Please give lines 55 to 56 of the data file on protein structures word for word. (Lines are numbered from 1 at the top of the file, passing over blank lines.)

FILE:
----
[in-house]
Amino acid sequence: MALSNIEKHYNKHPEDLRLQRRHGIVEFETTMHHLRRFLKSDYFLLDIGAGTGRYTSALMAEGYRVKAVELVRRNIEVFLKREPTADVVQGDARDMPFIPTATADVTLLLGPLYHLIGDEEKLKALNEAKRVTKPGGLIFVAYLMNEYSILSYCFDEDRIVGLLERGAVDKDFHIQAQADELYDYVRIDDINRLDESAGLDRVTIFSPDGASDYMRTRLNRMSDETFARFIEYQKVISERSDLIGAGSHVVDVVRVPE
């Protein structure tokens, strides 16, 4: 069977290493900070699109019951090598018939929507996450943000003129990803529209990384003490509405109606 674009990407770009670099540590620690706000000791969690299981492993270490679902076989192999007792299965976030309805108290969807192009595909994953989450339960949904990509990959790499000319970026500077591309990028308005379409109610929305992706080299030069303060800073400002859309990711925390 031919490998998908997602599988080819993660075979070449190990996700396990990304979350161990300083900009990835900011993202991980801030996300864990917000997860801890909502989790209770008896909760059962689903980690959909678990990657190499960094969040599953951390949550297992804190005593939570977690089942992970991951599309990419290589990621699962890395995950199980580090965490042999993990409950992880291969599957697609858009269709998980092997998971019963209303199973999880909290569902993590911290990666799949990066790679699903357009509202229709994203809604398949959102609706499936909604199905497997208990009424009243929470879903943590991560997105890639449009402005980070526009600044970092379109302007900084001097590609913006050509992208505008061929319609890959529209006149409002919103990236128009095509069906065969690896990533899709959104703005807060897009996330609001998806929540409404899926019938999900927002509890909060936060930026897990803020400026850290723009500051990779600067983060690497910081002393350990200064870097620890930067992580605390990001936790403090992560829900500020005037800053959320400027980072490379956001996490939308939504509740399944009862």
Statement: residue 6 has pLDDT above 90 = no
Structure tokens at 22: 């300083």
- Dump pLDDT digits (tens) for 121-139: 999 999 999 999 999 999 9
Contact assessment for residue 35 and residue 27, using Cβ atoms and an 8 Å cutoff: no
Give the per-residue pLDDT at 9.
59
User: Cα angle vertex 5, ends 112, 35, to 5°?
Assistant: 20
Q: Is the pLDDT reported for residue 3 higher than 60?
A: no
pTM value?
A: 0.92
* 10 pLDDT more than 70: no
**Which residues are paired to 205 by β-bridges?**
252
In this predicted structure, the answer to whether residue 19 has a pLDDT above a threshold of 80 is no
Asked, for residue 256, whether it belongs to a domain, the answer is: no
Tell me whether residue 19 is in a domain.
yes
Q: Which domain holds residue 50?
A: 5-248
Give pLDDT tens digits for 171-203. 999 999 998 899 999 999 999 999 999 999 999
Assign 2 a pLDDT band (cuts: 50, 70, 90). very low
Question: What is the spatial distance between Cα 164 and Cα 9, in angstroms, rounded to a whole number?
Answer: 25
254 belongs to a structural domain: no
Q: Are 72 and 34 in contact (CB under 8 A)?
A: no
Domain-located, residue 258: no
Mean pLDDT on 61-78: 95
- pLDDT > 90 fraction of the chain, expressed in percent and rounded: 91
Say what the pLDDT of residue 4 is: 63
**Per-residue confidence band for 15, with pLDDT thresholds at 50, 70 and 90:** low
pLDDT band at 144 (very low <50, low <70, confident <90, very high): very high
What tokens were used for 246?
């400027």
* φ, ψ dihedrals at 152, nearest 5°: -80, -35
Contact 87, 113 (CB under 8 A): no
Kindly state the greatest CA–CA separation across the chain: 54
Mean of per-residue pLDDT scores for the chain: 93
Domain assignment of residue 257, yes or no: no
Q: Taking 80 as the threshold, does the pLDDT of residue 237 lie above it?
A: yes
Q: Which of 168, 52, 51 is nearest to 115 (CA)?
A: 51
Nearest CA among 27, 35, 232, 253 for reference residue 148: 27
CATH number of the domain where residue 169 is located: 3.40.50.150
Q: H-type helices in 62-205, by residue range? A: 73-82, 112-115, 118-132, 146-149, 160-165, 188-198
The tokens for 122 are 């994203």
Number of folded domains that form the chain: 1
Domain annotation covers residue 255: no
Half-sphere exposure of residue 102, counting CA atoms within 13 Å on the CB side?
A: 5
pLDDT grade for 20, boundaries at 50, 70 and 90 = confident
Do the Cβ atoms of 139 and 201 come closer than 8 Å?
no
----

Half-sphere exposure of residue 102, counting CA atoms within 13 Å on the CB side?
A: 5